We will use a proteomics approach to conduct a full analysis of the global induction or repression of B. fragilis of proteins following growth in various nitrogen sources. This will done using 2-D electrophoresis. Discussions are currently underway to do this aspect of the work in collaboration with Prof Mark Morrison in his laboratory at the University of Illinois, USA.
Students involved: 1 MSc student (with upgrade to PhD)
Supervisor: Dr VR Abratt
No structural analysis has been done worldwide on the GSIII group of proteins. Our sequence analysis has shown that the enzyme has 230 additional amino acids relative to the crystallographically determined GSI Salmonella typhimurium enzyme. We aim to use the B. fragilis enzyme as a paradigm for the GSIII enzyme group.
The recombinant B. fragilis GSIII protein will be purified from E. coli carrying the glnA gene on a multicopy plasmid. Biochemical characterization of the purified GS will be done and MALDI TOF used to confirm that the protein is GSIII.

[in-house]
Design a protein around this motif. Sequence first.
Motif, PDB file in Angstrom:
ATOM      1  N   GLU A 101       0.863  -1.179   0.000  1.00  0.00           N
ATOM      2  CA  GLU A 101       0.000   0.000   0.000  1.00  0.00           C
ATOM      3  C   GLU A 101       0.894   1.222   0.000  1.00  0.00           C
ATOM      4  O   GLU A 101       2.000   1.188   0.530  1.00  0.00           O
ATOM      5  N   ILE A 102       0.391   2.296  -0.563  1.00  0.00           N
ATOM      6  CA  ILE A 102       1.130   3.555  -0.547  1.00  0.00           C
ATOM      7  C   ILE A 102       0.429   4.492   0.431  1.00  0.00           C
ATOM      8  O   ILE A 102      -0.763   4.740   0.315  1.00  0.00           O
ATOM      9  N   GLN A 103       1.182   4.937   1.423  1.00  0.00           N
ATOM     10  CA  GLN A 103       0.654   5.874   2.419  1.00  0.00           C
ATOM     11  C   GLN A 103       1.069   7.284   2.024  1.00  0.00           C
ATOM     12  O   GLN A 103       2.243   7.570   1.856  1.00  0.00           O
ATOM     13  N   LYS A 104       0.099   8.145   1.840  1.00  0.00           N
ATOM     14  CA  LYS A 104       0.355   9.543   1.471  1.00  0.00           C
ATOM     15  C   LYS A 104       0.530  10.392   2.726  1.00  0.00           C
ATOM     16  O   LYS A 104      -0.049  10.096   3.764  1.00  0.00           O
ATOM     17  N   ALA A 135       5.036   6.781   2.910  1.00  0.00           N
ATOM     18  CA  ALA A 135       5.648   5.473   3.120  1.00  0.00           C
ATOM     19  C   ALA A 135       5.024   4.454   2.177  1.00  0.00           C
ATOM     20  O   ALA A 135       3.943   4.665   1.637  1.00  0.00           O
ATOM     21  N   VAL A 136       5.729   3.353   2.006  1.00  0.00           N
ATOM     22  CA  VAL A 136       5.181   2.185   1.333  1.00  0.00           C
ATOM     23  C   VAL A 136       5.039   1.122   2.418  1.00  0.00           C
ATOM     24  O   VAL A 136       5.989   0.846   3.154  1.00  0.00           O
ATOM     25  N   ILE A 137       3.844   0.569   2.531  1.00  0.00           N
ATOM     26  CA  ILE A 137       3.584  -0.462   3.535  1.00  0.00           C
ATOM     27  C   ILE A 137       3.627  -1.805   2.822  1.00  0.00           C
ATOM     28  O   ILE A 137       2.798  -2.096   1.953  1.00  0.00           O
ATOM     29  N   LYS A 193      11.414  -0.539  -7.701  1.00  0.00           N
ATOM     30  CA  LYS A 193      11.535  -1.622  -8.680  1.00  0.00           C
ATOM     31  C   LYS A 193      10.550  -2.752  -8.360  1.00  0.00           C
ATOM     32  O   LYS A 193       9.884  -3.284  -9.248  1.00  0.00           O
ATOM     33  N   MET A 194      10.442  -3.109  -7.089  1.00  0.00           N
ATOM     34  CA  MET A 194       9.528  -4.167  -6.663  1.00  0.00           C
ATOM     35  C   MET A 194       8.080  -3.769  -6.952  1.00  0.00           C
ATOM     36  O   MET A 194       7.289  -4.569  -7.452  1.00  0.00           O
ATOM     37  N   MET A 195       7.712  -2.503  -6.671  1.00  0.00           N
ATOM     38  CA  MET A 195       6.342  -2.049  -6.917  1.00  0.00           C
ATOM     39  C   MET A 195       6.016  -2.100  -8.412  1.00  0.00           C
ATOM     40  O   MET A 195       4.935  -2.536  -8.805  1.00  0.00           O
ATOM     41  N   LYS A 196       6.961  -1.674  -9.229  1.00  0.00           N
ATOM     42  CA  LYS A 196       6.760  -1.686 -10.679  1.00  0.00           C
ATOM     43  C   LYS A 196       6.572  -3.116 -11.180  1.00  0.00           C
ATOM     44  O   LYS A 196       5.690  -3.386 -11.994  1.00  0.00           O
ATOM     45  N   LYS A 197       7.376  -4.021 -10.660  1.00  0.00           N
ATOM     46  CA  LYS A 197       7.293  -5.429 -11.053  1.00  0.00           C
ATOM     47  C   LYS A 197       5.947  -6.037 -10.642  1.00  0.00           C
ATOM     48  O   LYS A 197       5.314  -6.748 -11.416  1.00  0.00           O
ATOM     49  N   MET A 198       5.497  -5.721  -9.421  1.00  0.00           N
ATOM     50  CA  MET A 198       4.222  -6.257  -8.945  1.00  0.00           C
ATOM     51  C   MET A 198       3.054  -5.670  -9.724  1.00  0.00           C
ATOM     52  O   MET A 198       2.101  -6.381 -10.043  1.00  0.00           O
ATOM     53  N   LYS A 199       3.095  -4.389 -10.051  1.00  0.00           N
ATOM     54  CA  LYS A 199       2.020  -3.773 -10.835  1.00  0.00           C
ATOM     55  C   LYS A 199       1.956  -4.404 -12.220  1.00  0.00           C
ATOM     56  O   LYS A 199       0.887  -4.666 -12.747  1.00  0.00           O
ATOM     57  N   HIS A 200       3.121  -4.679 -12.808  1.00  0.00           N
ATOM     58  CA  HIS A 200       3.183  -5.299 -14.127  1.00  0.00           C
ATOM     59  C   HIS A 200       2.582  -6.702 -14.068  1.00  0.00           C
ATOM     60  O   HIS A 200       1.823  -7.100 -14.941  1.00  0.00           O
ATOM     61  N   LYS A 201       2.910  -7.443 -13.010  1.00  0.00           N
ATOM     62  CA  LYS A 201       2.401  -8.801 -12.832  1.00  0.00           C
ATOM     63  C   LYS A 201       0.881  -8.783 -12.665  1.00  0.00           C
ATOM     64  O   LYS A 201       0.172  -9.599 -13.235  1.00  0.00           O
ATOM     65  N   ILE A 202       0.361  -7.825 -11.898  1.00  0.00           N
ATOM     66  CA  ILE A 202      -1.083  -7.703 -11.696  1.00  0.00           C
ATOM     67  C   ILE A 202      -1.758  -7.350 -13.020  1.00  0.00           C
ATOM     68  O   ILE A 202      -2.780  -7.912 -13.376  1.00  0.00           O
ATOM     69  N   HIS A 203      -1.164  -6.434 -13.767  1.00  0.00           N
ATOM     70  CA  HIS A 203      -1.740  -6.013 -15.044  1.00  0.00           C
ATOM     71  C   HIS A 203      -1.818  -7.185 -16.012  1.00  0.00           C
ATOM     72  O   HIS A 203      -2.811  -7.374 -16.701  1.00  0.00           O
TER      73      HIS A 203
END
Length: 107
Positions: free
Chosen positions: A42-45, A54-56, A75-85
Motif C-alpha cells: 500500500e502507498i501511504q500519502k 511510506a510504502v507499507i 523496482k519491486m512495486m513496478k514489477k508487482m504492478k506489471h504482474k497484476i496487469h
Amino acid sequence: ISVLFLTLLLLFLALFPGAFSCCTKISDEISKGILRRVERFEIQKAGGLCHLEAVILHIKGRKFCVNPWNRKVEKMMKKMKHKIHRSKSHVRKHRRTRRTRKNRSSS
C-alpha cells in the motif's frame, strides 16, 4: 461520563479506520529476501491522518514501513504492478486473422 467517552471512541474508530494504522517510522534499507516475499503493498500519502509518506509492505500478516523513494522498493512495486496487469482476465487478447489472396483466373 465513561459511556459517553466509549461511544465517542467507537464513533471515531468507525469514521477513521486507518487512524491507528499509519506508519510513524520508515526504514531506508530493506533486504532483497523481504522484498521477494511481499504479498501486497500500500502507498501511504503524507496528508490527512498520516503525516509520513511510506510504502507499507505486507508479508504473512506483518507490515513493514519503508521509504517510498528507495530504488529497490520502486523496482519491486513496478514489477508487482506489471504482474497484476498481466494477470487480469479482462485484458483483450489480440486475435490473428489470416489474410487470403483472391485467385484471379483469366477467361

Three-dimensional cryo-EM techniques will be use to determine the number of subunits, their quaternary arrangement and shape of the molecular envelope.
We will interpret the molecular envelope by fitting a model based on the homologous region of GSI.
The work described above will form the basis of further X-ray crystallographic characterization of the enzyme which will be initiated in 2007 and does not form part of the current proposal.
Students involved: 2 MSc (Biochemistry and Structural Biology) possible extension to PhD.
Supervisors: Prof T. Sewell (EM studies and modeling), Dr C. Kenyon (Purification of the protein and biochemical characterization)